If the allegations against him are true, Scott Studer has hurt a lot of people in a lot of different ways. Many of those are people he has never met and will never meet.
If the allegations against him are true, Scott Studer has hurt a lot of people in a lot of different ways.
Many of those are people he has never met and will never meet.
Studer, the former head coach of the Jackson High School freshman boys basketball team, has been indicted on eight counts of illegal use of a minor in a nudity-oriented material or performance. The video recordings surfaced on Nov. 14 when the U.S. Postal Inspection Service, with help from Jackson Township police, searched Studer’s Pin Oak Avenue NW home during an investigation believed to be connected with the alleged purchase of child pornography.
According to published reports in other GateHouse Ohio newspapers, authorities say Studer admitted to making the first video in 2005. Each count of the indictment represents a school year, going back to that time.
A coach since 1984, Studer resigned that post and his job as a school building aide the day of his arrest.
Any psychological and emotional damage he may have inflicted on the alleged victims is hard to quantify, but I have a lot of compassion for the parents of those alleged victims.
Day after day, week after week through the years, they dropped off and picked up their sons at practice. They went to games, scrimmages, banquets, fundraisers and other team functions and never gave it a second thought. They trusted the coach to teach their sons about basketball, and maybe also a little bit about life and responsibility, teamwork, courage, conviction, perseverance, work ethic, morals and doing the right thing. They trusted the coach to respect their boys and do no harm.
Just two and a half years ago, in March 2010, Jackson High School and the community were celebrating the varsity boys basketball team winning the state title for the first time. And now all those great memories have been stuffed into a box and thrown into a dusty corner of some long-forgotten room. They can’t be enjoyed for a while, because the current mess is so big and so devastating that it completely overshadows everything else going on in the school and community right now, sports and otherwise.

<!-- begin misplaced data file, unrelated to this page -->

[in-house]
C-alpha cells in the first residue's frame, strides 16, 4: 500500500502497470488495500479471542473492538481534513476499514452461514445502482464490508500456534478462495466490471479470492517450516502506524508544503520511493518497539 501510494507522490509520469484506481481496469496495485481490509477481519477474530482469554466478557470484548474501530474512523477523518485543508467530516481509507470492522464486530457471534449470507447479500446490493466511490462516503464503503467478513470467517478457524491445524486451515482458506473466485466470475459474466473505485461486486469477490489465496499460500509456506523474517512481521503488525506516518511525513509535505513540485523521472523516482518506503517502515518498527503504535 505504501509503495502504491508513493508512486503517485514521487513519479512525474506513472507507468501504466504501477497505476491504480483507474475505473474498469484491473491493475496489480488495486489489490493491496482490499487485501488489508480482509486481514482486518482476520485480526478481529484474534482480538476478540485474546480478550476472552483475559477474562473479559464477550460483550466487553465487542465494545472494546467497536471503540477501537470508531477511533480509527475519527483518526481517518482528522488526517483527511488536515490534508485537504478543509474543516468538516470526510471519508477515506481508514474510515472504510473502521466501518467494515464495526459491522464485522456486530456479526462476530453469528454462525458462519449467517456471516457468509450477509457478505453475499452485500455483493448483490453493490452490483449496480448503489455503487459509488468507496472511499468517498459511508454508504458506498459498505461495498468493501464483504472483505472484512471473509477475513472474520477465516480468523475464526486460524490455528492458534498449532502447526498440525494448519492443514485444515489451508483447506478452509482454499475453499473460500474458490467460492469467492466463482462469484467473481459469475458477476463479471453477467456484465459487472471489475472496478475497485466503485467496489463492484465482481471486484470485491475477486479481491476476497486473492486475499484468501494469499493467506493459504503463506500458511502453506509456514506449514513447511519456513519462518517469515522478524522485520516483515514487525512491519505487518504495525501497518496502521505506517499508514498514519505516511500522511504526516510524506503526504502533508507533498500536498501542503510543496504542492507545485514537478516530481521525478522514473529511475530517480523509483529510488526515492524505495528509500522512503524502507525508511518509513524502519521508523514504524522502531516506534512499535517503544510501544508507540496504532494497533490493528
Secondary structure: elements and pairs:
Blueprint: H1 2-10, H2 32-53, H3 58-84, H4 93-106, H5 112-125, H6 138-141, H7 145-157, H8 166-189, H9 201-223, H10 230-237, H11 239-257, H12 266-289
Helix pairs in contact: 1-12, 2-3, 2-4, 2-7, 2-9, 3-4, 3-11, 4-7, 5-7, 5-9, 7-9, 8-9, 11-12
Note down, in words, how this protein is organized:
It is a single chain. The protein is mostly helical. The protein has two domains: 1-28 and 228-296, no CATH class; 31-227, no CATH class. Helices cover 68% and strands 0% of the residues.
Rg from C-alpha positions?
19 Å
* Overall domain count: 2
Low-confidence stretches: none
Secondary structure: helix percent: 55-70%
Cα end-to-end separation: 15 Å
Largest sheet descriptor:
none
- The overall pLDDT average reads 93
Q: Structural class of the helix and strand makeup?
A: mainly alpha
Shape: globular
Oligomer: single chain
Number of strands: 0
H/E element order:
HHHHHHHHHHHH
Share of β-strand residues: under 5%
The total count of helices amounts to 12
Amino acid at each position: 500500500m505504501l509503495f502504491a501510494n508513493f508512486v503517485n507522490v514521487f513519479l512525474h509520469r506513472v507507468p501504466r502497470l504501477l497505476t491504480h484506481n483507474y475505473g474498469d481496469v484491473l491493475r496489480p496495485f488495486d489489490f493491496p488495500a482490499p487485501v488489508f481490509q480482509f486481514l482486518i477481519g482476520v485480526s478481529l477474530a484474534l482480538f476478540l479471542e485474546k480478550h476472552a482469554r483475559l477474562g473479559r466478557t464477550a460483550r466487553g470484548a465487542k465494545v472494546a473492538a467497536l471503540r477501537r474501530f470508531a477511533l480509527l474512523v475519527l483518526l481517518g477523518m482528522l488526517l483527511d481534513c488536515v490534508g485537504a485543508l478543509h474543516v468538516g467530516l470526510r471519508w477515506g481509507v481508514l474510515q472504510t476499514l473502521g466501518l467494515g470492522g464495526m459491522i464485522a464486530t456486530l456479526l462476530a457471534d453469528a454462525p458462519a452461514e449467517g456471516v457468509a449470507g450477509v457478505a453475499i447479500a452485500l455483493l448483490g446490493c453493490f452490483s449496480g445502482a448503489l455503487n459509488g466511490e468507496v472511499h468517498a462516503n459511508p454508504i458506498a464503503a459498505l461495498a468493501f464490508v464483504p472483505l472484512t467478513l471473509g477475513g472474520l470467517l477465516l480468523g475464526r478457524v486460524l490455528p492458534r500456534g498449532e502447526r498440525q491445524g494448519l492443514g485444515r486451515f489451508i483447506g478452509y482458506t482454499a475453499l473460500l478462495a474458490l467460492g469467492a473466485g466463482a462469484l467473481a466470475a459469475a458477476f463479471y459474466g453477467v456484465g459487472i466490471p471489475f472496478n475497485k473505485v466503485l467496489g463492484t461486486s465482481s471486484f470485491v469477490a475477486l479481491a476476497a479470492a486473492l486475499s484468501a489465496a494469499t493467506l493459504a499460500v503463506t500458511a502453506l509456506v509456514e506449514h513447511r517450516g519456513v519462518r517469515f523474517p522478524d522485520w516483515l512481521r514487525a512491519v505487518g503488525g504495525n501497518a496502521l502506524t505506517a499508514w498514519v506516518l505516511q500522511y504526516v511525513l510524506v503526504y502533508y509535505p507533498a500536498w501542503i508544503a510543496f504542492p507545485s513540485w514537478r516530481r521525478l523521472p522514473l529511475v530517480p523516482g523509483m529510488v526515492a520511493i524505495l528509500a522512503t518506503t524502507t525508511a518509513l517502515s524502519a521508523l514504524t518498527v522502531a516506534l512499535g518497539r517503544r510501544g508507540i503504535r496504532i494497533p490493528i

Jackson High School has become a national story for all the wrong reasons, and students are not the only ones impacted by this situation.
The reputations of coaches, administrators and teachers in other communities may come into question.
For if it can happen at Jackson, it can also happen at Springfield, Coventry, Green, Lake, Manchester or anywhere else.
If it can happen in freshmen boys basketball, it can happen in junior varsity boys basketball.
If it can happen in boys sports, it can happen in girls sports.
If it can happen in winter sports, it can happen in fall and spring sports.
Page 2 of 2 - If can happen with a male authority figure, it can happen with a female authority figure.
If it can happen in a locker room, it can happen in a hallway or on a school bus.
If it can happen after school or during school.
If it can happen in a concealed manner, it can happen in broad daylight.
If it can happen with a sports team, it can happen with the marching band, Key Club, National Honor Society, art club and science club.
The tentacles this story has created are endless.
There are many great coaches, teachers and advisers who work with children everywhere, every day. They live by a strict code of ethics and would never, ever do anything to harm kids at any time in any situation for any reason.
Yet, because it allegedly happened with one coach of one team in one sport at one school, all the other adults running activities in which children are involved have been tossed into the limelight. They will be closely watched to see if they’re doing something they would never do. And if there’s even the slightest possibility that something is amiss, these people will be tried in the court of public opinion.
It’s not fair, but it’s a fact of life.